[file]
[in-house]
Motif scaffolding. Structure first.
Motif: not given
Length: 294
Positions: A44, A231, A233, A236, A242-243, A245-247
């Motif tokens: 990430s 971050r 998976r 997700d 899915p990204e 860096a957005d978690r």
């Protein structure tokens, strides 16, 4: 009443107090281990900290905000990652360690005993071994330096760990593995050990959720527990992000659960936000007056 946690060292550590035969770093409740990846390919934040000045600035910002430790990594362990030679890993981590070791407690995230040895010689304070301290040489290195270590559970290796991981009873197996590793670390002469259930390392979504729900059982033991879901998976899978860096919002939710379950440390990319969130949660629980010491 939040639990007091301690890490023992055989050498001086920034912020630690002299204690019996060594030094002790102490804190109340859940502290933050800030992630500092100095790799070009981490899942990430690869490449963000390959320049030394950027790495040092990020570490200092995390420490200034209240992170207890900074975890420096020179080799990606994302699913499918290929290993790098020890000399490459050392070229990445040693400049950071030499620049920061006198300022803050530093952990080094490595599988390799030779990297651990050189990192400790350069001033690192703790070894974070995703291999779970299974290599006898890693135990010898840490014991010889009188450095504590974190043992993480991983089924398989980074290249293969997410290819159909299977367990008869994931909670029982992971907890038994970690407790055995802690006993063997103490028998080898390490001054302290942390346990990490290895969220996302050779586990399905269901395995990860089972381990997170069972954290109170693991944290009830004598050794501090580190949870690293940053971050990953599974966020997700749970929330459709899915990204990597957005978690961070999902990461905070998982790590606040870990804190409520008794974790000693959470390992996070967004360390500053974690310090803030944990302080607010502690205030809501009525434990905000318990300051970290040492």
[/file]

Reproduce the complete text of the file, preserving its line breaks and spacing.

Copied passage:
[in-house]
Motif scaffolding. Structure first.
Motif: not given
Length: 294
Positions: A44, A231, A233, A236, A242-243, A245-247
């Motif tokens: 990430s 971050r 998976r 997700d 899915p990204e 860096a957005d978690r």
């Protein structure tokens, strides 16, 4: 009443107090281990900290905000990652360690005993071994330096760990593995050990959720527990992000659960936000007056 946690060292550590035969770093409740990846390919934040000045600035910002430790990594362990030679890993981590070791407690995230040895010689304070301290040489290195270590559970290796991981009873197996590793670390002469259930390392979504729900059982033991879901998976899978860096919002939710379950440390990319969130949660629980010491 939040639990007091301690890490023992055989050498001086920034912020630690002299204690019996060594030094002790102490804190109340859940502290933050800030992630500092100095790799070009981490899942990430690869490449963000390959320049030394950027790495040092990020570490200092995390420490200034209240992170207890900074975890420096020179080799990606994302699913499918290929290993790098020890000399490459050392070229990445040693400049950071030499620049920061006198300022803050530093952990080094490595599988390799030779990297651990050189990192400790350069001033690192703790070894974070995703291999779970299974290599006898890693135990010898840490014991010889009188450095504590974190043992993480991983089924398989980074290249293969997410290819159909299977367990008869994931909670029982992971907890038994970690407790055995802690006993063997103490028998080898390490001054302290942390346990990490290895969220996302050779586990399905269901395995990860089972381990997170069972954290109170693991944290009830004598050794501090580190949870690293940053971050990953599974966020997700749970929330459709899915990204990597957005978690961070999902990461905070998982790590606040870990804190409520008794974790000693959470390992996070967004360390500053974690310090803030944990302080607010502690205030809501009525434990905000318990300051970290040492």